Generally, pesticides will need to be applied in conjunction with any non-chemical means of control; non-chemical options should be considered as management tools only.
Good housekeeping practices and a reduction in possible harborages such as clutter, cracks, and crevices will discourage repeat infestations.
As bed bugs are good at concealing their location, complete control is often difficult to achieve with the first treatment. This is especially so with a heavy infestations; a post control treatment evaluation is always advisable.
For heat treatment to be effective, it is critical that high temperature and low relative humidity be attained for a minimum length of time (49-52 o C [120-125 o F] and 20-30% relative humidity for 20-30 minutes).
Heat treatment provides no residual effect, and bed bugs can re-occupy any site so treated immediately after temperatures return to suitable levels.
Laundering infested linens or cloth items in hot water with detergent, followed by at least 20 minutes in a clothes dryer on high heat, should kill all life stages of bed bugs but would not prevent their reinfestation.
Exposure to low temperatures can kill bed bugs if they are kept cold enough long enough.
Bed bugs can tolerate -15 o C (5 o F) for short periods and, if acclimated, they can survive at or below 0 o C (32 o F) continuously for several days.
Freezing furniture or other items within containers or chambers [e.g., below 0 o F (-19 o C) for at least four days] may be a practical alternative for limited infestations or to augment other control measures.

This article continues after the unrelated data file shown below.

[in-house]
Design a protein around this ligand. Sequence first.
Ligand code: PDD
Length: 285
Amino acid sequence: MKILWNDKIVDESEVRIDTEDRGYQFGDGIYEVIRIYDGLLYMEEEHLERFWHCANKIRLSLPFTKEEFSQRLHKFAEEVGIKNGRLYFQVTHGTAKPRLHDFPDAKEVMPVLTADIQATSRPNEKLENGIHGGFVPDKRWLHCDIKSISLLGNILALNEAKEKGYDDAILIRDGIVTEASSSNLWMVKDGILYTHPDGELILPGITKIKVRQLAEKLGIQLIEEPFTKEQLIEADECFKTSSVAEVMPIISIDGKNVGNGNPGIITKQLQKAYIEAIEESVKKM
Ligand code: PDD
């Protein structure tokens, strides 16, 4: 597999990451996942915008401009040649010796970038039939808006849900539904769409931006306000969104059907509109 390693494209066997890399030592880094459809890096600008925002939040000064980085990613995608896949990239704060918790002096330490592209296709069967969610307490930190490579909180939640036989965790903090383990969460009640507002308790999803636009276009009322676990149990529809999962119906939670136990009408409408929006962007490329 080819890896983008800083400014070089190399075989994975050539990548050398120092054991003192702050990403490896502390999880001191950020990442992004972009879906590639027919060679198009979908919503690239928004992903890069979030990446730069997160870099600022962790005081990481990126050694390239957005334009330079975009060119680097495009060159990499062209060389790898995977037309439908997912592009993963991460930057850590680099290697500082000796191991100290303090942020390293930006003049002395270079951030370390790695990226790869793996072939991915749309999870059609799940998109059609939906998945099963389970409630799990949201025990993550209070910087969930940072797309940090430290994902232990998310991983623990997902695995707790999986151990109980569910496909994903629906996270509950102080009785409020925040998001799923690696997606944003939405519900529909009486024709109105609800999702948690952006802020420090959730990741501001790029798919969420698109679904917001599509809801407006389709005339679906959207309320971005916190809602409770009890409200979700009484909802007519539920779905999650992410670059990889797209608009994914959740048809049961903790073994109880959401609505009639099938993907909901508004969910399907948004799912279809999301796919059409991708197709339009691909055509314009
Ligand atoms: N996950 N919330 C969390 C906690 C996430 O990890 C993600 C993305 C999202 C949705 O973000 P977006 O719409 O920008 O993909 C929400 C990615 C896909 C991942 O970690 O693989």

A new commercial technology uses CO 2 from cylinders deposited as a “snow” to kill bed bugs and a variety of pests by rapid freezing.
Pesticides - THE LABEL IS THE LAW Currently, non-chemical products and techniques are incapable of efficiently or quickly controlling or eliminating established bed bug populations. Precise placement of a suitably labeled, registered and formulated chemical insecticide is still the most effective bed bug control. The choice of chemical products and specific application techniques can depend on many factors, including the physical location and structural details of the bugs ’ harborages, the product’s labels (which can vary by political jurisdiction), the immediate environment, and local or national laws.
Many times the first application does not seem to give complete or immediate control. Additional treatments may be necessary in 7 to 14 days.
At least one follow-up inspection of infested sites should be conducted at a suitable interval (e.g., 1 week) after each control effort or treatment in order to detect any of the typical signs of continued infestation, such as live bugs, cast skins (after those present earlier had been removed), fecal spots on bed linens or harborages, and unhatched eggs.
What about bed bugs in schools? http://web.pccs.k12.mi.us/schoolhealth/pdf/bed-bug-school-response-flowchart.pdf